No Relief For China SMEs

ChinapowerproductionJune2012FTAlphaville.pngBy John Richardson

THE consensus view is that China’s economy bottomed out in H1 and will see a recovery in GDP growth during the second half.

Much hope has been attached to more government stimulus delivering a short-term boost to growth, even if there are concerns over the long-term damage that further investment-driven GDP could cause.

But will the polymer industry benefit from this recovery, given that inventories continue to clog-up the system? We think not.

Some very revealing comments from a senior industry executive also point to how small and medium-sized enterprises (SMEs) in China continue to struggle. The SMEs make up the bulk of the country’s resin buyers.

Industrial production as a whole is also declining, as the chart above on electricity production and consumption from this post on the FT Alphaville blog indicates.

The polymer industry executive sees no prospect of a recovery among the SMEs before the end of 2012 because of the increased caution of banks worried about rising bad debts.

The risk of worsening bad debts arises from a very weak trading environment, resulting in numerous SMEs going bust.

A classic vicious circle seems to have developed: As SME bankruptcies increase, bank lending is further curtailed making further bankruptcies likely.

This suggests that even though China’s central bank pledged on Sunday to intensify policy fine-tuning in an effort to help the real economy, the SMEs will continue to struggle.

And, interestingly, the industry executive also believes that, despite the hype, renewed economic stimulus is very modest because politicians are too busy focusing on the once-in-a-decade leadership transition, which begins from October.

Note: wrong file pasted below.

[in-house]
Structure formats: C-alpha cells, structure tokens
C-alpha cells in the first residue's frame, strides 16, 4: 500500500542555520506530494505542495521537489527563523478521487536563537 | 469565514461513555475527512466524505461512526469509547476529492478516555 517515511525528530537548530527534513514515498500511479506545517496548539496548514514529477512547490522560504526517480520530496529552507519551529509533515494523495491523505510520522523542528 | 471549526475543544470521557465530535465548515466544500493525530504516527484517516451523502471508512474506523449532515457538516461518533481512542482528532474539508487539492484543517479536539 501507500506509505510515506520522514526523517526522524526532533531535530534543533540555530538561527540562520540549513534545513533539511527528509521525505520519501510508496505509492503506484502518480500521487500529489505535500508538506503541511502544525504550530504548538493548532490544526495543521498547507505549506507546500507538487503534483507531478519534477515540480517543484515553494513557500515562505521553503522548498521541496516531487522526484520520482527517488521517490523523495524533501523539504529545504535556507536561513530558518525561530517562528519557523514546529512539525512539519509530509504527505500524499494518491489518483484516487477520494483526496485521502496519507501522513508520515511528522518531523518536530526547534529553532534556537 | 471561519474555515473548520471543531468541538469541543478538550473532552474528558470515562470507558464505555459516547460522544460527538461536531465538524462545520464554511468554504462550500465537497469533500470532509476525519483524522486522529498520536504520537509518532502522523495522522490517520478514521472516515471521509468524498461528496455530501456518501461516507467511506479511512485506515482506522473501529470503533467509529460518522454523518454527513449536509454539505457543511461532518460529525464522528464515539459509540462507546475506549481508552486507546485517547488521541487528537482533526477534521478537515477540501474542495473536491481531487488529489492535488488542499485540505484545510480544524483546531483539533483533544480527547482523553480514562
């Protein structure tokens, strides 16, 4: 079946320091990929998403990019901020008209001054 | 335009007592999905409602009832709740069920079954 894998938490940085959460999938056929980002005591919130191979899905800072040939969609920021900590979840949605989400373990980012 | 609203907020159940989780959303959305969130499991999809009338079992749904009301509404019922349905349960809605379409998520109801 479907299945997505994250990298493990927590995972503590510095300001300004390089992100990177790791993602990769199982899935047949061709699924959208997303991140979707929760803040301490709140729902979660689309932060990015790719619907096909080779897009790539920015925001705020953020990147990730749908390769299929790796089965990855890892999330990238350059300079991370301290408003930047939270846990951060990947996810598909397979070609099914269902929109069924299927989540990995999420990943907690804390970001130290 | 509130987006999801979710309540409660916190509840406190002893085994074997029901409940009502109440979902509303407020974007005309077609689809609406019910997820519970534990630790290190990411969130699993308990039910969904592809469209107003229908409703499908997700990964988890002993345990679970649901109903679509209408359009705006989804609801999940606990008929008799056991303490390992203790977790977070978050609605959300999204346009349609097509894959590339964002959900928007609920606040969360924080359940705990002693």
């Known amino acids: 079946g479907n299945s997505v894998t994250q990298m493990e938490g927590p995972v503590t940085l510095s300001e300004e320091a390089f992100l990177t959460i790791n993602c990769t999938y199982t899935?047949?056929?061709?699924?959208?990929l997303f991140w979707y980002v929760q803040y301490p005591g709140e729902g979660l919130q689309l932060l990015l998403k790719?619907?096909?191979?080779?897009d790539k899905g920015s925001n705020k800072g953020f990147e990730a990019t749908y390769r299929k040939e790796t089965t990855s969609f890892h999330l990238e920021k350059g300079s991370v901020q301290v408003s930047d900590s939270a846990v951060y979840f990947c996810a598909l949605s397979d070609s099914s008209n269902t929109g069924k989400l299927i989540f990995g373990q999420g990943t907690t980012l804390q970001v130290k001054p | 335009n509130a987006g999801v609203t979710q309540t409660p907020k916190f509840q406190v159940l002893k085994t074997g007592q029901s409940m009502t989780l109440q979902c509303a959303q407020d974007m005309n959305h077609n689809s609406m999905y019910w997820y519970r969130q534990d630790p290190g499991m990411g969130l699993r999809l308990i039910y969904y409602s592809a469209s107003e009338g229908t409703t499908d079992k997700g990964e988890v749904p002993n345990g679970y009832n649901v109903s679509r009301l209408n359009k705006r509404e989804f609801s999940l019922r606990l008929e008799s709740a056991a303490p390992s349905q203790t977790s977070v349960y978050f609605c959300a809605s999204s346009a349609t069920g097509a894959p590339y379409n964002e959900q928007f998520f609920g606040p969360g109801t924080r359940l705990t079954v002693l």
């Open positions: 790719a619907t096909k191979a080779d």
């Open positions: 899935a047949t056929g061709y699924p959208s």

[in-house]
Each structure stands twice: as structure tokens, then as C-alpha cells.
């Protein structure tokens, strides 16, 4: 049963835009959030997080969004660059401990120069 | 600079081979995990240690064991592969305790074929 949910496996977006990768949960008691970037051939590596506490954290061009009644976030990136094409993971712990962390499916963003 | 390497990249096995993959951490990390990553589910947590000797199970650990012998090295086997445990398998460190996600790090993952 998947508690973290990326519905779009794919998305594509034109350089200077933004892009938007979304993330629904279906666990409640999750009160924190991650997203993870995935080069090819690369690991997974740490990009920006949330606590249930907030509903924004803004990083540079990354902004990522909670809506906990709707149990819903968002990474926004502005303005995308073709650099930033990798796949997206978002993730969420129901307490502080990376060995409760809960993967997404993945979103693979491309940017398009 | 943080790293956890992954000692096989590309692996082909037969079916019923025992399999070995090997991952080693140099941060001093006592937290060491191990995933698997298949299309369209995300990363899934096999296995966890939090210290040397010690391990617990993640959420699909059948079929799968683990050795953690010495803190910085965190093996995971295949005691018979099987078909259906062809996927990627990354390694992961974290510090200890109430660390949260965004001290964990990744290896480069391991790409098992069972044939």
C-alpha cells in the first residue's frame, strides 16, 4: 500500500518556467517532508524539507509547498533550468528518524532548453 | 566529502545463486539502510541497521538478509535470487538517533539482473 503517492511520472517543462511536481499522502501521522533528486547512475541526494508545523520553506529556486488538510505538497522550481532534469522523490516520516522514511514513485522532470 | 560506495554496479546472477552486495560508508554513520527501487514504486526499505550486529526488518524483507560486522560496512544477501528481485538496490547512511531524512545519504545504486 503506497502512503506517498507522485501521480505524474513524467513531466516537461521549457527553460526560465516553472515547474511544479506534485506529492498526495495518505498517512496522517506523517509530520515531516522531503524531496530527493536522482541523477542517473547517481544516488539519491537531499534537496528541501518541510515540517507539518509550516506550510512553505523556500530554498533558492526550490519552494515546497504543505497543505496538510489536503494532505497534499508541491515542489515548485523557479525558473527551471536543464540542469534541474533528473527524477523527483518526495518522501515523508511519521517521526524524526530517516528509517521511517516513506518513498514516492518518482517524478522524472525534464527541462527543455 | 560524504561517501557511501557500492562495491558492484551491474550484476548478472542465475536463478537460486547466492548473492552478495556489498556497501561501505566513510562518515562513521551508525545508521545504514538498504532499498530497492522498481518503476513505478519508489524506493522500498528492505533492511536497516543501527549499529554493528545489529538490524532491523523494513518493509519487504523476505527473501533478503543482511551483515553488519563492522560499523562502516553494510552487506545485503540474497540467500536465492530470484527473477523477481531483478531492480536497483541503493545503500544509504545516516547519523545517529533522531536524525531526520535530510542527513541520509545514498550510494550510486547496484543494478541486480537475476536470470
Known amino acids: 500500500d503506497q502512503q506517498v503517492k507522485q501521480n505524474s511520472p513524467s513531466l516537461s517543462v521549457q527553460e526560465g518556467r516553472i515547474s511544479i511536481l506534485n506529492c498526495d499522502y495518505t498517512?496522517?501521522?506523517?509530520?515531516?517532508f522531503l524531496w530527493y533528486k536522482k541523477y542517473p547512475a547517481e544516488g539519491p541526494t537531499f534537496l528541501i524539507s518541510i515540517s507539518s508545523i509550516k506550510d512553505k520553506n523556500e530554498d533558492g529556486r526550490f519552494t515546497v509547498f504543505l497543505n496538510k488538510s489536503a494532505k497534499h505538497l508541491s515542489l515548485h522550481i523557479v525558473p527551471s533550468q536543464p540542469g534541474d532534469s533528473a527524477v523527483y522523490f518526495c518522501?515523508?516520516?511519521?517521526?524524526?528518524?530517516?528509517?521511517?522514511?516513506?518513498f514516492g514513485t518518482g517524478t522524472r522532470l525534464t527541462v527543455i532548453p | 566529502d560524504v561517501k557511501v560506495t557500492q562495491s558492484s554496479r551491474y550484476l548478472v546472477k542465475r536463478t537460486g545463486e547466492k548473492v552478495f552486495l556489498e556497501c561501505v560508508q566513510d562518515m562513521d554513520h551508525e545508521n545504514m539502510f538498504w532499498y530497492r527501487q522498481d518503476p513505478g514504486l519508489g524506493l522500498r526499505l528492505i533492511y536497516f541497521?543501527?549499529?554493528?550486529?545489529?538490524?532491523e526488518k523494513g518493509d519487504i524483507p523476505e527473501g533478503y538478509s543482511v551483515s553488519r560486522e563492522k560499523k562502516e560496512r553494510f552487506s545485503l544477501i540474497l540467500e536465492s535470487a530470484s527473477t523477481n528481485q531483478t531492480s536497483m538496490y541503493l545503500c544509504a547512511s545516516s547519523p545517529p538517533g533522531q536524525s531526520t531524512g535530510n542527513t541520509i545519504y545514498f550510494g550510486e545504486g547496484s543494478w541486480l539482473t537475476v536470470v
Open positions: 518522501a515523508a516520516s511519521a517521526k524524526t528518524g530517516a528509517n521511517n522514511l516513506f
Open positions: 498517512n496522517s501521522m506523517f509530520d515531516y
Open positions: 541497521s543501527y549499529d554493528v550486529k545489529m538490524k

“China’s economy feels as if it is actually shrinking and the situation is now worse than during the financial crisis,” he said.

“The SMEs have less money than they had in late 2008. The reason is that the banks are not prepared to lend money to the SMEs because they are worried about rising bad debts and the effect on their share prices.

“In the past, when the government had more control over the banks, they could order them to lend to anybody.

“The big companies still have easy access to money. But our smaller customers are running at operating rates of below 60 percent compared with 90-100 percent in 2010.

“The leadership will do very little before the handover of power and the sooner the handover happens, the better. Once the new leaders are in place, I think the economy will get better.

“Once they are in place they should use their big cash reserves to get consumer spending going again.

“Only a few months ago we were talking about inflation being a problem and now it is deflation. The Chinese leadership should be able to tolerate a little bit of inflation.”

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